Sarah Grace Goolden
Netflix’s, “You” was released early this September and has already secured a second season. Viewers went crazy over the first 10 episodes. The show stars Penn Badgley as Joe Goldberg, a man who becomes obsessed with a girl that comes in his bookshop. Over the course of the show, his life begins to revolve around her to the point of lying, stalking and even murder. Badgley is quick to shut down all fans that glorify his character on Twitter. The real question is why are we obsessed with guys like Joe Goldberg?
We’ve seen it before. In fact, it’s kind of a pattern. Many people fall in love with those handsome guys on TV shows, despite being literal psychopaths. Is it despite? Or is that the primary attraction behind it? For example, think about Evan Peters as Tate Langdon on “American Horror Story: Murder House.” He is a cult favorite. There are blogs dedicated just to his one character on the one season. Fans love Tate. He also happened to rape his girlfriend’s mother and kill multiple people, including terrorizing a high school in a very Columbine-esque way. This is absolutely not someone that should be idolized. Tate should be seen as repulsive. But that doesn’t stop people from loving Tate, the same way they now love Joe. The cruelty behind the character doesn’t stop the glorification of Dexter Morgan from “Dexter” or Patrick Bateman from “American Psycho.” Sure, they’re not real, but the sentiment itself should be a little disturbing.
It should be important to note that despite these characters being fictional, there are a lot of real-life serial killers that are equally as adored. A movie on the life of Jeffrey Dahmer came out in 2017 to many positive reviews. Netflix has more murder documentaries than you could ever watch. Why are humans capable of binge-watching “Criminal Minds?” It should be too horrifying to watch, but it isn’t. In fact, it’s addicting.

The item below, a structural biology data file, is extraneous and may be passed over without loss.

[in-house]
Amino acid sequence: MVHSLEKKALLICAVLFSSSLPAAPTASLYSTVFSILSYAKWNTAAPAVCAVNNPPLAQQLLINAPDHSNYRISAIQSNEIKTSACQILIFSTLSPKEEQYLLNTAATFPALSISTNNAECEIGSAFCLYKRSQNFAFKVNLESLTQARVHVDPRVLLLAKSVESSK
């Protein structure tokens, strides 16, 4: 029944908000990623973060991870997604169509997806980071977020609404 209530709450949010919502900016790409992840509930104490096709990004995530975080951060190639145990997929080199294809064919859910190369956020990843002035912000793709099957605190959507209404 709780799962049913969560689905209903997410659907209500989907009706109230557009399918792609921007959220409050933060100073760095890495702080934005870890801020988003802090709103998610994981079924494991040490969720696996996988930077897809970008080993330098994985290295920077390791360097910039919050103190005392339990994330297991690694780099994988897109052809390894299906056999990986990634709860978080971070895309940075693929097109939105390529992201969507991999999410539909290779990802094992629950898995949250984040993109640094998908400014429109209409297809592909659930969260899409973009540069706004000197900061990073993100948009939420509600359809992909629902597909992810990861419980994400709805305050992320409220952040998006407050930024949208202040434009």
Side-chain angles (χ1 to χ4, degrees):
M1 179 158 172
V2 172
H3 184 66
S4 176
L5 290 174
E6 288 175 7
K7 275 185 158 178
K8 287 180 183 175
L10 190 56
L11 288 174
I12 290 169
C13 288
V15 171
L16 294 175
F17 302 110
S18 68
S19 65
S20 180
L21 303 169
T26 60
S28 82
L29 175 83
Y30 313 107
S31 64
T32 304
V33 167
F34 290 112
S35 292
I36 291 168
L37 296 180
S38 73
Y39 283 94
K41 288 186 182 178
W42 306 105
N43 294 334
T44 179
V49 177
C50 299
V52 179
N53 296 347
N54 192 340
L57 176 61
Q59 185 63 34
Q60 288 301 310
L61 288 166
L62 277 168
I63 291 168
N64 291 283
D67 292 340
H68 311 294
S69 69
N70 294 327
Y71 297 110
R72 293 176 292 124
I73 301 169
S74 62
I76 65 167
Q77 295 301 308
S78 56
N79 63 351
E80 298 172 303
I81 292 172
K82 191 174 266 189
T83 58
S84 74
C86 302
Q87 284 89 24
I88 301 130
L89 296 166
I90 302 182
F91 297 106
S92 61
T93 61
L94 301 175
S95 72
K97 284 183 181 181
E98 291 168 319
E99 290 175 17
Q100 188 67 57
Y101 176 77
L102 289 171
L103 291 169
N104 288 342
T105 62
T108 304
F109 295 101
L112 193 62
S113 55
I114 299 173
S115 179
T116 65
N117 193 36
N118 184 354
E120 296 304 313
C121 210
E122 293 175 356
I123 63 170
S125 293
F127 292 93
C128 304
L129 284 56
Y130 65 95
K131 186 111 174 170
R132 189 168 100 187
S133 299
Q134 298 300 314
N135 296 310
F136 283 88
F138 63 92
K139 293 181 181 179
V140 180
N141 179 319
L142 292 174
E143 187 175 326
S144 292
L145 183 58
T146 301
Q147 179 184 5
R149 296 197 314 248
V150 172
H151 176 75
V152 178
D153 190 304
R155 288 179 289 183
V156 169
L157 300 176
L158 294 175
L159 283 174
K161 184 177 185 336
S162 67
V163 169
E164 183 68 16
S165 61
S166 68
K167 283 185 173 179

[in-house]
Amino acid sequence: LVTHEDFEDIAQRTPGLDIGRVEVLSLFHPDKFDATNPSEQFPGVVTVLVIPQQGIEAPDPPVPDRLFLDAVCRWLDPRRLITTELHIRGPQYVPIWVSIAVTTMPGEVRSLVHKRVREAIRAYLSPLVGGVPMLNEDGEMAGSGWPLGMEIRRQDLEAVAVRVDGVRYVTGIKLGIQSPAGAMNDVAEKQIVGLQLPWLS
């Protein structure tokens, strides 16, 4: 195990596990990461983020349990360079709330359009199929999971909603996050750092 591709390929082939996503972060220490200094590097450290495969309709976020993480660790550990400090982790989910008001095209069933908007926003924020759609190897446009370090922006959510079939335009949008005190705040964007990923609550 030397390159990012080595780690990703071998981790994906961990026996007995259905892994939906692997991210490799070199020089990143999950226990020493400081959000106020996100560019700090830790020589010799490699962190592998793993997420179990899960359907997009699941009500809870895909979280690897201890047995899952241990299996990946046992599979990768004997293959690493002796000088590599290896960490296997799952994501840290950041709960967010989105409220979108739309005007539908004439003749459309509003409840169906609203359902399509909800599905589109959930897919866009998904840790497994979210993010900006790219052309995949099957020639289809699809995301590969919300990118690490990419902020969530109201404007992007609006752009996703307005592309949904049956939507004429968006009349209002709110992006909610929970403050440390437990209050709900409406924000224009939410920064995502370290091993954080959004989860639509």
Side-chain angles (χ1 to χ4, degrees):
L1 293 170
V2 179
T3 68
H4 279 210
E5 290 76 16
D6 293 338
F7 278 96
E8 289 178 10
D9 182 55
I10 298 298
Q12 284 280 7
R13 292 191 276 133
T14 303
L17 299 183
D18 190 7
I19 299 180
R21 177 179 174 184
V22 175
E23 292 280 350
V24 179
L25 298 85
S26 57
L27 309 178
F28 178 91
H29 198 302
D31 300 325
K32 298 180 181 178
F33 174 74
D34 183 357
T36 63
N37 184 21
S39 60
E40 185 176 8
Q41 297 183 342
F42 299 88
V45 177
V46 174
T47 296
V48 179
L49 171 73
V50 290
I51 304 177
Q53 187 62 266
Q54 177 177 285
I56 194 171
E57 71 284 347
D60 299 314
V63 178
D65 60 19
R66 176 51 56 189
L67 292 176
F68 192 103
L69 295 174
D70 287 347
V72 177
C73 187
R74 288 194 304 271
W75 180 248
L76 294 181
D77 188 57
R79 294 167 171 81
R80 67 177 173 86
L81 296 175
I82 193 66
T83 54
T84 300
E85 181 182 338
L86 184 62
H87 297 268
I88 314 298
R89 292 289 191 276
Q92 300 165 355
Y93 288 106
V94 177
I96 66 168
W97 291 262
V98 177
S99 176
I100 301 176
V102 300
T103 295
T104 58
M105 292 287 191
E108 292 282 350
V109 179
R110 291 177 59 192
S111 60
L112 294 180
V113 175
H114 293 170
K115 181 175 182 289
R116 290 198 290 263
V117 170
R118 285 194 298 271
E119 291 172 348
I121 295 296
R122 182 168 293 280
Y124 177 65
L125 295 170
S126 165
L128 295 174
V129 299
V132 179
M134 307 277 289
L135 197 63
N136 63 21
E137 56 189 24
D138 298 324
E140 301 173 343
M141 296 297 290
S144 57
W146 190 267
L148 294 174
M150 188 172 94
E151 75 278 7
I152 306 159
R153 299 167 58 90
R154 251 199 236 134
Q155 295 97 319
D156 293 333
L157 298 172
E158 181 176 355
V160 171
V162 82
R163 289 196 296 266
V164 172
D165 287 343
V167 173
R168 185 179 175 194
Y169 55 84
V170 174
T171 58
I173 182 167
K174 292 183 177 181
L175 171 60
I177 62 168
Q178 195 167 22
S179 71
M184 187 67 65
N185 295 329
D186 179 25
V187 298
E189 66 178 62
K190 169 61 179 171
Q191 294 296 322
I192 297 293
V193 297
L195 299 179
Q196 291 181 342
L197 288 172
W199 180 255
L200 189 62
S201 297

We’ve all probably encountered that edgy teenager that thinks being obsessed with serial killers is cute and claims they’re all misunderstood. That is very different from thinking the psychology behind murder is interesting. As long as you understand that Ted Bundy and John Wayne Gacy are bad people, go ahead and turn on “Bates Motel.”
This may be partly due to a desensitization to death in general, but especially to murder. 24/7 news outlets and social media shove information in our faces at all times. It is almost impossible to avoid hearing about death on a daily basis. It almost feels distant and unreal, until it happens to someone you love or somewhere close to you. It’s morbid, but I think the people that empathize with serial killers are neglecting the fact that people actually did die. Parents lost their child. A human being was killed for no real reason. Serial killers are not lone wolves or misinterpreted. Would you say that to their loved ones?
On a less individual scale, serial killers are a part of American culture, with their popularity surging in the 60’s and 70’s. Since then, countless movies, TV shows and even song lyrics have been dedicated to them. Our society seems to enjoy that. We love serial killers like we love horror movies: it’s fun to scare ourselves, then press the ‘off’ button and curl up into bed, safe and sound. I don’t think the overwhelming success of “Silence of the Lambs” was because we all think murder is cool. Understanding the devastation of serial killers while still being able to learn about them is possible.
I love how Badgley is responding to the strange tweets he’s receiving after “You” aired. After all, there’s no better way to reply to someone asking you to kidnap them other than “no thx.” I think it’s important that actors keep this kind of distance from their character. Badgley knows Joe is a bad person, and is not in the mood for the twitter fangirls. There’s nothing wrong with being interested in psychology but if that turns into romanticizing serial killers, fictional or otherwise, you should probably ask yourself why.
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